Speaking of pity, Prakash Raj’s strand fails to pack a punch and he cuts a somewhat pathetic figure. The thespian plays a Muslim (you know that because he wears those cute little caps as a badge of identification throughout the flick) going through the worst phase in his life and whose troubles are compounded by a runaway brother and a cop who is a tad biased against Muslims in general and him in particular and who runs into him more often than either they or the audience care for. Prakash Raj’s search for his brother and trysts with the supremely lacking – in – judgment cop make for some scenes that drag a little and though the veteran lends gravitas to the role, it is nothing we have not seen before.

Bharath’s is a Rocker dude in the film but his story does not achieve its potential because he and his friends are not convincing enough. They dress the part, look the part, even talk the part, but they were not able to wing it and come across as wannabe more than anything else. Bharath is the selfish rocker who cares about himself, his music, his girl, and little else, and who undergoes a personality transplant when life gives him a few hard lessons. But he has trouble selling it to the audience because it is too far a departure from who he is in real life though the effort he puts into the role is commendable. Besides this strand deserves a round of applause for sending out the right message to today’s youngsters.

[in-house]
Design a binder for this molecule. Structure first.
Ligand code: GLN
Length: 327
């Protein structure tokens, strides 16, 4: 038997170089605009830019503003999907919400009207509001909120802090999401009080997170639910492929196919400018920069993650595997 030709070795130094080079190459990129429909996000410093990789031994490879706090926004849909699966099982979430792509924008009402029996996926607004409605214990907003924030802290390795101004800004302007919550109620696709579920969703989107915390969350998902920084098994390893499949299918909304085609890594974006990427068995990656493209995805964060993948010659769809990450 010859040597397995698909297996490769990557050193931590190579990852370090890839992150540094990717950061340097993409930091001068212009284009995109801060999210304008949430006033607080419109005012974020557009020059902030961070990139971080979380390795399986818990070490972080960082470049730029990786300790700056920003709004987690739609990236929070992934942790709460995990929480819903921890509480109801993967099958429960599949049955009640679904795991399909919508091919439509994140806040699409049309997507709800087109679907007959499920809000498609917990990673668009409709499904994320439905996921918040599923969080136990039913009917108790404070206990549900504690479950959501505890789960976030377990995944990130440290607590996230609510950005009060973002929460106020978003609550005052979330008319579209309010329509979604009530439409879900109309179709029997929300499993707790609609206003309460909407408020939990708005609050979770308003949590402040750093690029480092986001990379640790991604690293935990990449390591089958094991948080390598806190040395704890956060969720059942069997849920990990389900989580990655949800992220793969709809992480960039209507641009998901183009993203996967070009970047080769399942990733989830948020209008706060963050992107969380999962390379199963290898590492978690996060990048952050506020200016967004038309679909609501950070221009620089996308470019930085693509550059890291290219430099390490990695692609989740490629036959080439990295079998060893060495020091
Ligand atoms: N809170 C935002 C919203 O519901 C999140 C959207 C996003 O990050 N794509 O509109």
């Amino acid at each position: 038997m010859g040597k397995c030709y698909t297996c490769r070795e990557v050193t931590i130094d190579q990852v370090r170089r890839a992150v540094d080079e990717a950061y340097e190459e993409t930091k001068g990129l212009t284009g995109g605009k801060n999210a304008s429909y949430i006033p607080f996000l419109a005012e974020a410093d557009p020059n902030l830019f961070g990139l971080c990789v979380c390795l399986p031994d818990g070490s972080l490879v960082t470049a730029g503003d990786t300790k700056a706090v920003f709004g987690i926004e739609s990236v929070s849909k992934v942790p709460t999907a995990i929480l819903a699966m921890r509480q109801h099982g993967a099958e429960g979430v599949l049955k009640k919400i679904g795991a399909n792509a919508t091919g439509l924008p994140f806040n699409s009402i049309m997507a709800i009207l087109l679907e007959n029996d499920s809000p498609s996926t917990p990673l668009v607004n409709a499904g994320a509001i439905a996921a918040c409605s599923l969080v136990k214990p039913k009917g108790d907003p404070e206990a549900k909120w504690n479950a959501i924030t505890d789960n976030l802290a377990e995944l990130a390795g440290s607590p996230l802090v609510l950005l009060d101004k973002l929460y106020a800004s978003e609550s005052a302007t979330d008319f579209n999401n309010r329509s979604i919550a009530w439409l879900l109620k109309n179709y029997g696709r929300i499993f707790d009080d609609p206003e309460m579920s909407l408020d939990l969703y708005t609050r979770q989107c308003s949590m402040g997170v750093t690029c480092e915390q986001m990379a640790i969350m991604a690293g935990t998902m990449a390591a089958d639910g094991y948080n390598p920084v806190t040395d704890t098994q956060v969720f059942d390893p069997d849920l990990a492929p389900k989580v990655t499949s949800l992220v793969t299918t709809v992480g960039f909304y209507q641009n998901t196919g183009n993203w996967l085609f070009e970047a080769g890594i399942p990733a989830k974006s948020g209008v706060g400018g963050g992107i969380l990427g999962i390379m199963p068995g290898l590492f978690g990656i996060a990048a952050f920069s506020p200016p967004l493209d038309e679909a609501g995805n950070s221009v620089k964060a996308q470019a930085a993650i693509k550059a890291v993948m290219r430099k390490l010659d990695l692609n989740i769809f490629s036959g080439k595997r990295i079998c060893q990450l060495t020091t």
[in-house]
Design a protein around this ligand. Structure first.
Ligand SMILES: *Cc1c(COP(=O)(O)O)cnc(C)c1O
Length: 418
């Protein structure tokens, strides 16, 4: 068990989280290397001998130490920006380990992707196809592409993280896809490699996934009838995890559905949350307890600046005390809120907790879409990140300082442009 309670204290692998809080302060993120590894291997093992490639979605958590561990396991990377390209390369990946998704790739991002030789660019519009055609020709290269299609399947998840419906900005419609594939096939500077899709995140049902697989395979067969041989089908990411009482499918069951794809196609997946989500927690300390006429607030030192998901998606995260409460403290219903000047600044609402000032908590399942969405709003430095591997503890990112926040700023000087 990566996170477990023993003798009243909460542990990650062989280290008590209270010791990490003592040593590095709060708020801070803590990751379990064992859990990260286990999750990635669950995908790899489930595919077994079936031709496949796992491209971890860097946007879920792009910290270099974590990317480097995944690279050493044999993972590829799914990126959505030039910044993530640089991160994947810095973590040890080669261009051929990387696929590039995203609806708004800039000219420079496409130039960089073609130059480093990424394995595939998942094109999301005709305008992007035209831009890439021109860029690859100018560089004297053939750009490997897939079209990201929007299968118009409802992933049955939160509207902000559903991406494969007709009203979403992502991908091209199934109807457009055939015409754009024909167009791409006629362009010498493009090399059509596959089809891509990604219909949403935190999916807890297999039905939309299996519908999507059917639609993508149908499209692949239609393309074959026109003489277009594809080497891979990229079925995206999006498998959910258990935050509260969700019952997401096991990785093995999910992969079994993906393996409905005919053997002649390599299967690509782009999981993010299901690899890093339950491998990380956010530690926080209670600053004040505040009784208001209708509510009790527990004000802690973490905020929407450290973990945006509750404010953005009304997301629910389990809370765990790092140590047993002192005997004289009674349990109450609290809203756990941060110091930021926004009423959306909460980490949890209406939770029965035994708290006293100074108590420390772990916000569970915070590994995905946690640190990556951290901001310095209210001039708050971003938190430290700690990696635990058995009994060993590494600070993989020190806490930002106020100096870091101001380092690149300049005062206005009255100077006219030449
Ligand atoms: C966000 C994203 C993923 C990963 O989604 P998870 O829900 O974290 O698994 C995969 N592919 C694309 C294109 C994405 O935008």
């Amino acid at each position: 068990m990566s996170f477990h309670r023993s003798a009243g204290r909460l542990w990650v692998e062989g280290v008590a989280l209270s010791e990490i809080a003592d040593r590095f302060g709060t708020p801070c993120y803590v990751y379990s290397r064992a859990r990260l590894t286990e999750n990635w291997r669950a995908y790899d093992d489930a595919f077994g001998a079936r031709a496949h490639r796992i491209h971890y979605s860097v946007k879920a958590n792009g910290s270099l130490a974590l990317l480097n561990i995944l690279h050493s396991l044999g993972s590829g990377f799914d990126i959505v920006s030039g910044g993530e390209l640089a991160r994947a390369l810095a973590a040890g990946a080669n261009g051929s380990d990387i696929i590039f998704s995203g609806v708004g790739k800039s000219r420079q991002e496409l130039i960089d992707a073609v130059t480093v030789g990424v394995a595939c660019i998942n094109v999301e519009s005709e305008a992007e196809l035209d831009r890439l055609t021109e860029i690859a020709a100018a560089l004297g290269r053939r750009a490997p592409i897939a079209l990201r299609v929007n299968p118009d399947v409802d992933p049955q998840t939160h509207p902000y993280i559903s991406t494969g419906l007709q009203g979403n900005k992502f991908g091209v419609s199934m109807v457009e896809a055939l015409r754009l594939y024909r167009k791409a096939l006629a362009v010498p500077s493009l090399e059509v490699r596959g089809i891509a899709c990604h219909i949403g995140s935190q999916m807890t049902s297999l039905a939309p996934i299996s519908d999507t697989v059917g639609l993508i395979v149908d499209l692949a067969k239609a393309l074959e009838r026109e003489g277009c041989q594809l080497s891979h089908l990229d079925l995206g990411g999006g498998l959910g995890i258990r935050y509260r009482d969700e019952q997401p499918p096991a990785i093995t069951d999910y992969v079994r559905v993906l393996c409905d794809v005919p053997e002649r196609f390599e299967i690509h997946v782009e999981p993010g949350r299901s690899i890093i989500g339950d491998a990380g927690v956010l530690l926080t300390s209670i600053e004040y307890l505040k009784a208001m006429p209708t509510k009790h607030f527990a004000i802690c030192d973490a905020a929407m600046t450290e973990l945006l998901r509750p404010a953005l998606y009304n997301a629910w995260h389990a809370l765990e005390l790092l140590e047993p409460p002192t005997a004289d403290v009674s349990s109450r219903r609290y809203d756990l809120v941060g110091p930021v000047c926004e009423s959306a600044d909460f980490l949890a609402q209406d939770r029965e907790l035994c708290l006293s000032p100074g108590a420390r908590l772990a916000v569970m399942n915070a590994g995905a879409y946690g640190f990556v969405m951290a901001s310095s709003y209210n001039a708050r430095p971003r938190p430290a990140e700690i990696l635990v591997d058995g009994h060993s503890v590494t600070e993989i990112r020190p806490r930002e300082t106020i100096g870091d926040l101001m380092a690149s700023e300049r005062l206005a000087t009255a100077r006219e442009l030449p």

Vaanam also has a sizeable sex quotient with a hooker, Saroja who fortunately does not have some sob story that is usually mandatory for justifying such a career choice. She knows her body is her fortune and she has no qualms about using it, her main grouses being that the pimp who runs the brothel helps herself to a hefty cut and that her experience unlike in other jobs is not considered an asset. Anushka as the feisty prostitute with quite the big mouth turns in an entertaining performance. In the end, she decides to get off her back and opt for a more respectable job and you are genuinely happy for her.

The music is a definite plus and STR’s tracks walk away with the honors. They have tremendous mass appeal and they have great energy and bounce that makes it extremely easy on the ears. Yuvan Shankar Raja has done it again. Simbhu and Bharat are great dancers and their talent in this department is suitably showcased. However, it must be mentioned that while it is great to listen to ‘no money no honey’ while driving or chilling at home, it tends to put the brakes on the proceedings.

Finally, Vaanam deserves a pat on the back simply because it inspired STR to get off the beaten track and begin experimenting with the roles he takes up. He has come a long way from the days when he played the loser with the attitude in movies like Alai and Dum. The Young Super Star has raw talent in abundance but it needs to be molded before he can really come into his own as an actor Tamil Nadu can be proud of and show off to the world. Hopefully, he’ll churn out more films like this in future.

As for the director, Krish his novel attempt has paid off in big bucks, so it looks like he has found his pot of honey at the end of the rainbow – colored tapestry he wove with his Vaanam. And there is no begrudging him that. It is a worthy attempt and required grit and guts to try something so different. So warts and all, Vaanam and the man who made it deserve hearty congratulations.
Tags : Vaanam, Str, Anushka, Bharath, Vega, Santhanam, Krish, Yuvan Shankar Raj